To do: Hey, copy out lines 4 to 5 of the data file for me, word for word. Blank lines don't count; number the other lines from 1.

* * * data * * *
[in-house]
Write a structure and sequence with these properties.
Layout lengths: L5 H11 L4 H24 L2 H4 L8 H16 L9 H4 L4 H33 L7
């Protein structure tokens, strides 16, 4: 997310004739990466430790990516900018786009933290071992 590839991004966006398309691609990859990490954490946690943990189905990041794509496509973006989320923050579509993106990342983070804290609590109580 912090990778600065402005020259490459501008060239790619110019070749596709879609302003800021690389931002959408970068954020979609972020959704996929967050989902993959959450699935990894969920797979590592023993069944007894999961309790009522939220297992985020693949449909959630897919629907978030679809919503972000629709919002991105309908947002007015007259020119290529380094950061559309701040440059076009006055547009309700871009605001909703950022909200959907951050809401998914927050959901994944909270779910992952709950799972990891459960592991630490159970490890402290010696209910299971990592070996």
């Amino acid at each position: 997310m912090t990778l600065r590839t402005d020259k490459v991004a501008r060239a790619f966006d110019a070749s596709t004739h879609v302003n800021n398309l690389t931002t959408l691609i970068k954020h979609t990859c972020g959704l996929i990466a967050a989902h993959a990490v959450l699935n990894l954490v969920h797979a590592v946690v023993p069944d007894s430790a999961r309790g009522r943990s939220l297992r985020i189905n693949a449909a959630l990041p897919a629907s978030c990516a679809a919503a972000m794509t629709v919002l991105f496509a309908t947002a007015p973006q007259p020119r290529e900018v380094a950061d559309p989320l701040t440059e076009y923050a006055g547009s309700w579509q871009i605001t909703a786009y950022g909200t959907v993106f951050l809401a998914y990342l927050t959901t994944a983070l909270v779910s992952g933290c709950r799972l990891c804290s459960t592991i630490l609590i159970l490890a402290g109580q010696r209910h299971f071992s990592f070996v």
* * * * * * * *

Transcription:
């Protein structure tokens, strides 16, 4: 997310004739990466430790990516900018786009933290071992 590839991004966006398309691609990859990490954490946690943990189905990041794509496509973006989320923050579509993106990342983070804290609590109580 912090990778600065402005020259490459501008060239790619110019070749596709879609302003800021690389931002959408970068954020979609972020959704996929967050989902993959959450699935990894969920797979590592023993069944007894999961309790009522939220297992985020693949449909959630897919629907978030679809919503972000629709919002991105309908947002007015007259020119290529380094950061559309701040440059076009006055547009309700871009605001909703950022909200959907951050809401998914927050959901994944909270779910992952709950799972990891459960592991630490159970490890402290010696209910299971990592070996």
């Amino acid at each position: 997310m912090t990778l600065r590839t402005d020259k490459v991004a501008r060239a790619f966006d110019a070749s596709t004739h879609v302003n800021n398309l690389t931002t959408l691609i970068k954020h979609t990859c972020g959704l996929i990466a967050a989902h993959a990490v959450l699935n990894l954490v969920h797979a590592v946690v023993p069944d007894s430790a999961r309790g009522r943990s939220l297992r985020i189905n693949a449909a959630l990041p897919a629907s978030c990516a679809a919503a972000m794509t629709v919002l991105f496509a309908t947002a007015p973006q007259p020119r290529e900018v380094a950061d559309p989320l701040t440059e076009y923050a006055g547009s309700w579509q871009i605001t909703a786009y950022g909200t959907v993106f951050l809401a998914y990342l927050t959901t994944a983070l909270v779910s992952g933290c709950r799972l990891c804290s459960t592991i630490l609590i159970l490890a402290g109580q010696r209910h299971f071992s990592f070996v």